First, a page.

Note: I've already read Is it ok to send plain-text password over HTTPS? and https security - should password be hashed server-side or client-side?, but here it's about a specific replacement method (see below).

After reading an article about a new authentication method on the Cloudflare blog, I looked at the POST requests that are sent while authenticating with "Developer Tools > Network". Many popular websites (Reddit, HN, etc.) still send the password in plaintext in the (SSL-secured) POST request (see screenshot below).

Is this login method still industry standard?

Is the following alternative more secure than sending plaintext password over HTTPS?

  • signup: client generates a random salt, and sends the tuple (username, salt, hash(plain_password + salt)) via a POST request. Then the plaintext password never reaches the server.

  • subsequent logins: the server has to send salt back to any client who tries to login with a given username, so that the client can hash with the same salt. So this means that the server is disclosing salt to anyone trying to log in with a given username.

  • benefit: the server stores a salted+hashed password (which is standard) but also the server has never, ever, seen the plaintext password even once (so if the server is compromised, the risk is limited)


  • since H = hash(plain_password + salt) now behaves a little bit like a new plaintext (see the 2nd answer of Zero Knowledge Password Proof: why is hashing the password on the client side not a ZKP?), then the sever can store (username, salt, server_salt, hash(H + server_salt)) in the database, instead of (username, salt, H).

  • to mitigate risks for replay attacks, the server can also send a unique nonce, along with salt for each login, that expires after one login attempt

  • the main goal here is that the server never ever has access to the plaintext password or a simple hash of it (that could be often reversed with a single rainbow table for the whole site). I'm ok with the risk that an attacker has to compute one rainbow table per user.

  • Example attack I'd like to mitigate: if the server has access to a plaintext password and it is compromised (example Spectre / Meltdown vuln.) then the user's plaintext password (possibly reused on other websites) could be stolen, before it is salted-hashed and saved to the database.

enter image description here

  • The screenshot does not add any value to your question. I'd suggest to remove it.
    – mentallurg
    Commented Jan 2, 2021 at 6:53
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    @mentallurg It just emphasizes that industry standard still seems to be "send plaintext passsword over HTTPS" (with the example of a very popular website).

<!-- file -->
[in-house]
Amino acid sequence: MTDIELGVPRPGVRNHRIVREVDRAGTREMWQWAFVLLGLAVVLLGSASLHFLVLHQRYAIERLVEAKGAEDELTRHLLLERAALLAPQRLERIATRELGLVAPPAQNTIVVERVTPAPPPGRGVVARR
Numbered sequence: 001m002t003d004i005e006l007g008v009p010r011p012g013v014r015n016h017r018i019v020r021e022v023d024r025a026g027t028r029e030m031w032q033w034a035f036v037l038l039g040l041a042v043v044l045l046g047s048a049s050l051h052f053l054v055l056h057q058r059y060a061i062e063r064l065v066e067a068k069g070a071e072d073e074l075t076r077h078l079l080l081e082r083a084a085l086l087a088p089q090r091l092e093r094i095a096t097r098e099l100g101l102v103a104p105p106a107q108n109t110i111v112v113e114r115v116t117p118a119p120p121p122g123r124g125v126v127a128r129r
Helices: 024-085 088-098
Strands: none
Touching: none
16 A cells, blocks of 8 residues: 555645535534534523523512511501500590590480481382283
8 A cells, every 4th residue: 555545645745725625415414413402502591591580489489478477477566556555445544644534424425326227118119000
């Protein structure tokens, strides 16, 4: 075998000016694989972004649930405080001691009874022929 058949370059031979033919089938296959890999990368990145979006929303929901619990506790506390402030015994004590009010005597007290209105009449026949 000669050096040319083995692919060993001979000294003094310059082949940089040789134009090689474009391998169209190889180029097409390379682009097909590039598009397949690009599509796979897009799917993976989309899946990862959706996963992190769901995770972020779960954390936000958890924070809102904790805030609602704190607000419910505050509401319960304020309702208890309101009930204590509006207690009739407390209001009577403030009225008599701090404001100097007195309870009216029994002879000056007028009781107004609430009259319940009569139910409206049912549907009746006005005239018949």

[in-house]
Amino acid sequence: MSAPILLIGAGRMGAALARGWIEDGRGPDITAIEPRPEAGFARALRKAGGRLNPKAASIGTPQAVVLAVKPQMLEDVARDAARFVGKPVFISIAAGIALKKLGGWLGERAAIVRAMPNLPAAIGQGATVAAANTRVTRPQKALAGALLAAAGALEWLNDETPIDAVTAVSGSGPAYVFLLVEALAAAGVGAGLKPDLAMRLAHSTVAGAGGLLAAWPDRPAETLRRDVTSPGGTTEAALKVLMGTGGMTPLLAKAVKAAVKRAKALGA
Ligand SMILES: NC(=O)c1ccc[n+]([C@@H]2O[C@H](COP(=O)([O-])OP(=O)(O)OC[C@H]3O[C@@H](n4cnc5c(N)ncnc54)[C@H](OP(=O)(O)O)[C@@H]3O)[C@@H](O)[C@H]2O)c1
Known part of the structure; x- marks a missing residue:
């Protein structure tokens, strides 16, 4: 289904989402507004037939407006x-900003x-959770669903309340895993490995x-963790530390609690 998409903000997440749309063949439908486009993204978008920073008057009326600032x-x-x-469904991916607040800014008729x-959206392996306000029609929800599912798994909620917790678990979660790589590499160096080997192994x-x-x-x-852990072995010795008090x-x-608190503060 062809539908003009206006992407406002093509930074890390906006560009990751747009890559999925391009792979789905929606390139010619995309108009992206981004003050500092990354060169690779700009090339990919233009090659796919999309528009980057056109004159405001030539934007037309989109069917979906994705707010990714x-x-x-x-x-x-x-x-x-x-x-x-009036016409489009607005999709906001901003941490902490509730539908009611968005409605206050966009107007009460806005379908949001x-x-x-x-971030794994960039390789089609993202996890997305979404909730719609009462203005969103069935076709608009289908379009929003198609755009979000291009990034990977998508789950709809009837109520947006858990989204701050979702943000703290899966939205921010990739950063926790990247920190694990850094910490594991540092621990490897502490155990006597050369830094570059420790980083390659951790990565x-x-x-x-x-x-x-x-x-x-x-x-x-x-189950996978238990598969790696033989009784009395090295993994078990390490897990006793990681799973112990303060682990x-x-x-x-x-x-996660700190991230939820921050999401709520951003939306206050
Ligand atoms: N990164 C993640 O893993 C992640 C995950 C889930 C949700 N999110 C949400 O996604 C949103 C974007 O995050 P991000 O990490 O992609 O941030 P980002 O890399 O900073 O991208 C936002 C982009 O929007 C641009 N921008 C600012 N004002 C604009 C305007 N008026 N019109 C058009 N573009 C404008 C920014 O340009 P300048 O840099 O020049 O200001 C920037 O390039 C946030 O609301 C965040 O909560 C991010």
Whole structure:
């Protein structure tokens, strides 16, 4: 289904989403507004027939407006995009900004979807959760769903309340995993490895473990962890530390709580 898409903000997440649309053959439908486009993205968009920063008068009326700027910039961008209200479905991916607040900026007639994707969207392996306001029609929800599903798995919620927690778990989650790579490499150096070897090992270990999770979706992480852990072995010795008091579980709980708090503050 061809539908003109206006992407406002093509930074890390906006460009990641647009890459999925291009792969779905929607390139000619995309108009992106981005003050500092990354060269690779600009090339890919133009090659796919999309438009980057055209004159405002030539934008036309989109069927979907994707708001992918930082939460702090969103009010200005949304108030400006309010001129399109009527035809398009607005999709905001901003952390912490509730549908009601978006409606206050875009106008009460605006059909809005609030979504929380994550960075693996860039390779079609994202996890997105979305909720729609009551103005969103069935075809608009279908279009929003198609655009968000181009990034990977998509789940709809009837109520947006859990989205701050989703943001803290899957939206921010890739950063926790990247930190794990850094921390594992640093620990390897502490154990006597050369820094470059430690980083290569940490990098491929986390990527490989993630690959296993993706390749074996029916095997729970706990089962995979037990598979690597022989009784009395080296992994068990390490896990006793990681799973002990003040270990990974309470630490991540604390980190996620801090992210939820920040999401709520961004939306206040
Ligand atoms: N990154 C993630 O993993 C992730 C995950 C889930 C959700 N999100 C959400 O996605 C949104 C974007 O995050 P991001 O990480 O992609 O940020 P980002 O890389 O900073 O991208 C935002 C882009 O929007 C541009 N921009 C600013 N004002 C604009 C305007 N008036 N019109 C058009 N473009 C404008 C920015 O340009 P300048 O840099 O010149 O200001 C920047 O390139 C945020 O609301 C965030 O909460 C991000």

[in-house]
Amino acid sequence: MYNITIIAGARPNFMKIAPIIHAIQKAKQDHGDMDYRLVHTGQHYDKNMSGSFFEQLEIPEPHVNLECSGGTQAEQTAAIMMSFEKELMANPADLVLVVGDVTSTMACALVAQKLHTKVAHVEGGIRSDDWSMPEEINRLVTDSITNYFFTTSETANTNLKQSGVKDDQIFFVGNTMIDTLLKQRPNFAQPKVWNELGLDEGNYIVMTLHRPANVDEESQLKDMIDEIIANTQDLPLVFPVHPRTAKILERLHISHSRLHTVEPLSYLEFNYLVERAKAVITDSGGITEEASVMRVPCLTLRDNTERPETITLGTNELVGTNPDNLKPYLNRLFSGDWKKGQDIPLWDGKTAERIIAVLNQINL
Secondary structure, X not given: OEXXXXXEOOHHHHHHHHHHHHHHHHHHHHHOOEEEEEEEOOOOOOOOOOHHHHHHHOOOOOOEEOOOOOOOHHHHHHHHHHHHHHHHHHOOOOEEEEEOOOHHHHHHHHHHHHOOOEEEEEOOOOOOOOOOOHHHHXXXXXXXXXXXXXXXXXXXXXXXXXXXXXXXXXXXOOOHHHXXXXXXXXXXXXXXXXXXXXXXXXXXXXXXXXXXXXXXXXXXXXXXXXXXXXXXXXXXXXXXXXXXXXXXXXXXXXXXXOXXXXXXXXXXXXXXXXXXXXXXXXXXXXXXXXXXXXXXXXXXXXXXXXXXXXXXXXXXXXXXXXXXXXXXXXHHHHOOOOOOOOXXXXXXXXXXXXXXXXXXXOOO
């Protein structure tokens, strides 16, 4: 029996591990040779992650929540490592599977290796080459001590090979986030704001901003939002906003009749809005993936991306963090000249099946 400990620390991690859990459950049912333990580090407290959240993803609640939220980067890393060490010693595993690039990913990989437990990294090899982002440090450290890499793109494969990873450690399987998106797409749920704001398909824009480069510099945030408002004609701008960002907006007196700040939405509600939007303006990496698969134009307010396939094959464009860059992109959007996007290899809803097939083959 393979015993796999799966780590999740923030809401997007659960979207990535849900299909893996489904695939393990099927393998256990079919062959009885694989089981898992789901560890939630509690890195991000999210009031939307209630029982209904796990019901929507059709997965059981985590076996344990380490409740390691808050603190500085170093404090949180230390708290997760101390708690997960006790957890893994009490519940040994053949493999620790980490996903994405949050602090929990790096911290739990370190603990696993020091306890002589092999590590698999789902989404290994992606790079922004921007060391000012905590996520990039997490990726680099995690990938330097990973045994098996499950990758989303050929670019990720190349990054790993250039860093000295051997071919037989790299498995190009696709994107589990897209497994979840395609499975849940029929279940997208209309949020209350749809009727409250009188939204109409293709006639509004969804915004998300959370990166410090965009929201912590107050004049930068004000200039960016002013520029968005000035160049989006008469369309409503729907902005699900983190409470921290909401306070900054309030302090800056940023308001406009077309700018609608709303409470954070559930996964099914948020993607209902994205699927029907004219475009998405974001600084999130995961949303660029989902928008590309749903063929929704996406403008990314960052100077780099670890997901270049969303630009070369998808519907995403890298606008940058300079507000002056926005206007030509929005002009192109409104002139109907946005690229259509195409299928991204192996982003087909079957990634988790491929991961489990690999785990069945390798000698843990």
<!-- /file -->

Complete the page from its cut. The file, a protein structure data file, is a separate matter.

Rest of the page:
– Basj
    Commented Jan 2, 2021 at 6:55
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    In some cases a screenshot can help. But in this case it doesn't. It makes the question bigger as needed. Additional screenshot makes impression that it provides additional important information, which is not the case. Thus the reader will be confused because they will not find any additional information on the screenshot, and will as the same question: What is the purpose of the screenshot? This is kind of good style: To provide as many details as needed, but to keep the question as short as possible.
    – mentallurg
    Commented Jan 2, 2021 at 6:59
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    I kinda like the screenshot - it demonstrates the issue in a more obvious visual way.
    – Simon East
    Commented Jan 2, 2021 at 11:32
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    The browser isn't necessarily more trustworthy for the user than the server – in particular if the JavaScript performing the client-side crypto would be loaded from the same server where the plaintext password would be sent. If the server is compromised it could serve different JS to exfiltrate the password.
    – amon
    Commented Jan 3, 2021 at 0:09

4 Answers 4


I don't see to how your proposal is better than existing client side hashing approaches, but I find it as more complex to implement than others. Unfortunately you don't describe a specific risk you are trying to access so I just assume the typical threats commonly seen.

Man in the Middle attacker

In this case it is assumed that some man in the middle has access to the traffic, for example because it compromised some trusted traffic TLS interception in a corporate firewall or got hold on a trusted CA as in case of superfish.

In this scenario the attacker gets access to H the same as they did before with plain_password. Since H is everything what is needed for authentication the attacker is thus successful and your approach does not add any additional protection here.